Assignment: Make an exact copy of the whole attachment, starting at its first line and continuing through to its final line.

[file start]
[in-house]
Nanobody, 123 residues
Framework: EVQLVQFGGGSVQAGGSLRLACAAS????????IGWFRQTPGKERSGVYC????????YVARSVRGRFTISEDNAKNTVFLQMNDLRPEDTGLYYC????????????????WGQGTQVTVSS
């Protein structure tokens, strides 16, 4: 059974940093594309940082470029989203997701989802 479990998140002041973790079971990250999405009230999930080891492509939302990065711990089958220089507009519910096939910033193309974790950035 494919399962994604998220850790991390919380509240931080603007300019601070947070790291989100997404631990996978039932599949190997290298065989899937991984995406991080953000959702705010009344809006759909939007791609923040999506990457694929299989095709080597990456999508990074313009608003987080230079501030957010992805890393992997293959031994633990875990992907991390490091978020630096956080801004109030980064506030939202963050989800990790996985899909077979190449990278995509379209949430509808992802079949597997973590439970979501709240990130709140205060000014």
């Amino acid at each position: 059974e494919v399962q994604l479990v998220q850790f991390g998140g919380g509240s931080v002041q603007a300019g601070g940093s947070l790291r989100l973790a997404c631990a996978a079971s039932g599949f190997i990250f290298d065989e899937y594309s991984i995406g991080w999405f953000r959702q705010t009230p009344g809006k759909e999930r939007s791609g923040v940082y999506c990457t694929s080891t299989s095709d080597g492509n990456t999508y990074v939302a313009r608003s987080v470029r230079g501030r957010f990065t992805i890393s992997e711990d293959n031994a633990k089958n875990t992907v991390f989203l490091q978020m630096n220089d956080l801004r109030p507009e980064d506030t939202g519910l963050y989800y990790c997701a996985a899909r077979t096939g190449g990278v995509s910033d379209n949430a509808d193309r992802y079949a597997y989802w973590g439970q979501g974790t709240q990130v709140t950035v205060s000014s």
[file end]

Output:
[in-house]
Nanobody, 123 residues
Framework: EVQLVQFGGGSVQAGGSLRLACAAS????????IGWFRQTPGKERSGVYC????????YVARSVRGRFTISEDNAKNTVFLQMNDLRPEDTGLYYC????????????????WGQGTQVTVSS
């Protein structure tokens, strides 16, 4: 059974940093594309940082470029989203997701989802 479990998140002041973790079971990250999405009230999930080891492509939302990065711990089958220089507009519910096939910033193309974790950035 494919399962994604998220850790991390919380509240931080603007300019601070947070790291989100997404631990996978039932599949190997290298065989899937991984995406991080953000959702705010009344809006759909939007791609923040999506990457694929299989095709080597990456999508990074313009608003987080230079501030957010992805890393992997293959031994633990875990992907991390490091978020630096956080801004109030980064506030939202963050989800990790996985899909077979190449990278995509379209949430509808992802079949597997973590439970979501709240990130709140205060000014």
């Amino acid at each position: 059974e494919v399962q994604l479990v998220q850790f991390g998140g919380g509240s931080v002041q603007a300019g601070g940093s947070l790291r989100l973790a997404c631990a996978a079971s039932g599949f190997i990250f290298d065989e899937y594309s991984i995406g991080w999405f953000r959702q705010t009230p009344g809006k759909e999930r939007s791609g923040v940082y999506c990457t694929s080891t299989s095709d080597g492509n990456t999508y990074v939302a313009r608003s987080v470029r230079g501030r957010f990065t992805i890393s992997e711990d293959n031994a633990k089958n875990t992907v991390f989203l490091q978020m630096n220089d956080l801004r109030p507009e980064d506030t939202g519910l963050y989800y990790c997701a996985a899909r077979t096939g190449g990278v995509s910033d379209n949430a509808d193309r992802y079949a597997y989802w973590g439970q979501g974790t709240q990130v709140t950035v205060s000014s």